A board member expressed concern about the precedent the decision could set. “We could change a lot more things if we put that stance in just a few words,” Rob Shamblin said at the meeting.
Nonetheless, Mr Shamblin, along with the rest of the 10-member panel, voted to remove the book from the curriculum. The next day, the principal of the district schools notified principals throughout the school system that “all ‘Mouse’ books will be repatriated from your schools soon.”
Athens, the seat of McMinn County, is a quiet, rural community with an elegant white-columned courthouse, low-rise 19th-century brick buildings, and a reputation as a “friendly city.” The district school system serves only 5,300 students. But in the weeks since the “mouse” decision broke in the local media, it has become the focus of a new political activism, including among students.
Unsolicited, boxes of donated copies of the book flooded the local public library. High school students rushed to get copies and passed them between classes.
Emma Stratton, a McMinn County High School student, drove an hour away to Chattanooga with her mother and brother to purchase several copies of the graphic novel. “If they take this book away, what else are they taking away from us?” Emma asked, adding, “They’re trying to hide the story from us.”
A discussion of the book held on Zoom by a local church drew so much interest that the church had to turn people away. Two local residents have announced rare challenges to school board members up for re-election, with the support of a new local group leading the opposition.
The fight over the “mouse” is the latest focus of a nationwide wave of conservative attacks on teenage reading material in school libraries and classrooms. Dozens of bills aimed at banning the teaching of subjects derided as “critical race theory” have been introduced in state legislatures nationwide in recent years. Conservative groups have targeted books about race, gender and sexuality, with more than 300 book challenges reported last fall, according to the American Library Association, which called the number “unprecedented.”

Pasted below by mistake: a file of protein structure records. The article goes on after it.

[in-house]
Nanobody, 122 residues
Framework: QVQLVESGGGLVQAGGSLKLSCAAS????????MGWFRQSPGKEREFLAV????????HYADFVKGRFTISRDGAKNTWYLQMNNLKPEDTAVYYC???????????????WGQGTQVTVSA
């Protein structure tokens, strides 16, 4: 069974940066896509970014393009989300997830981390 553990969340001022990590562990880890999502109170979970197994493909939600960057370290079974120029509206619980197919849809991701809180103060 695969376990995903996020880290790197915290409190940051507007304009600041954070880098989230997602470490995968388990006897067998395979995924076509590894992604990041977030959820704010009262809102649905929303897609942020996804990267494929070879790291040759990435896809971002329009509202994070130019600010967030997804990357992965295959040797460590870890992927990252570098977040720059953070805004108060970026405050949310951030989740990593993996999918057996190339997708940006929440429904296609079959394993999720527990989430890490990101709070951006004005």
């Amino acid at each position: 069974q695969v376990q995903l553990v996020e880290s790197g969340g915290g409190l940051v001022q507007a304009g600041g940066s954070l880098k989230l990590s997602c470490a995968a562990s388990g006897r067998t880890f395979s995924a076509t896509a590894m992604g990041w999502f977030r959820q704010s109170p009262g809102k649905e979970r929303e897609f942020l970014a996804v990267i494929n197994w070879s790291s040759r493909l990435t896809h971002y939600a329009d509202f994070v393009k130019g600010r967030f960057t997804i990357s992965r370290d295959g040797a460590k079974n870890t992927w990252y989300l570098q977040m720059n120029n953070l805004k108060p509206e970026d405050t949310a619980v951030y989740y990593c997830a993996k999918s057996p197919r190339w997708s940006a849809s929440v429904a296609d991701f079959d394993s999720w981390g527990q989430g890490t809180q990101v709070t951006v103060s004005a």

In Tennessee, efforts to rethink what materials are taught and made available to public school students are being given serious encouragement at the state capitol, including by the governor, who has made the issue of parental rights a focus.
“We also need to empower parents with an open view of not just how their children are learning, but what their children are learning,” said Mr. Lee, a Republican, last month. “The vast majority of parents believe they should be allowed to see books, syllabuses and other items used in class. That’s how I felt about my children and I stand by those parents today.”
Legislators have drawn on bills in other states, policy research by conservative think tanks, and previous bills in Tennessee to compile a list of laws to limit materials and topics available to students. Pressure has increased from Moms for Liberty chapters, a parent rights advocacy group active in Tennessee.
“We have a perfect storm of circumstances encouraging lawmakers to address this issue,” said Deborah Caldwell-Stone, director of the American Library Association’s Office of Freedom of Thought.
The Republican agenda to reshape education goes even further: In his State of State address, Mr. Lee proposed creating a $6 million American civics institute at the University of Tennessee as a counterbalance to colleges and universities , which he says “centers the anti-American thought that leaves our students not only ill-equipped but confused.”
State Senator Heidi Campbell, a Democrat, is concerned about what she sees as a sweeping effort to undermine trust in public education. “It was a very effective way of whipping up the masses,” she said, adding, “It’s about instilling fear in the idea of awakened socialists trying to take over our country and indoctrinate our children. And ironically, it’s all for the purpose of indoctrinating our children.”
Even before the McMinn County “mouse” vote, English teacher Ms. Isham reconsiders her career. She entered the profession because she wanted to help students work through difficult subjects, she said, but with the tightened exam, it feels pointless. She plans to retire by the end of this semester after only a year in the classroom. She doesn’t know what’s coming next.
“We’re getting to say less and less,” Ms Isham said. “Our hands are tied behind our backs at this point.”
https://www.nytimes.com/2022/03/04/us/maus-banned-books-tennessee.html The controversy over the “mouse” is part of a larger cultural struggle in Tennessee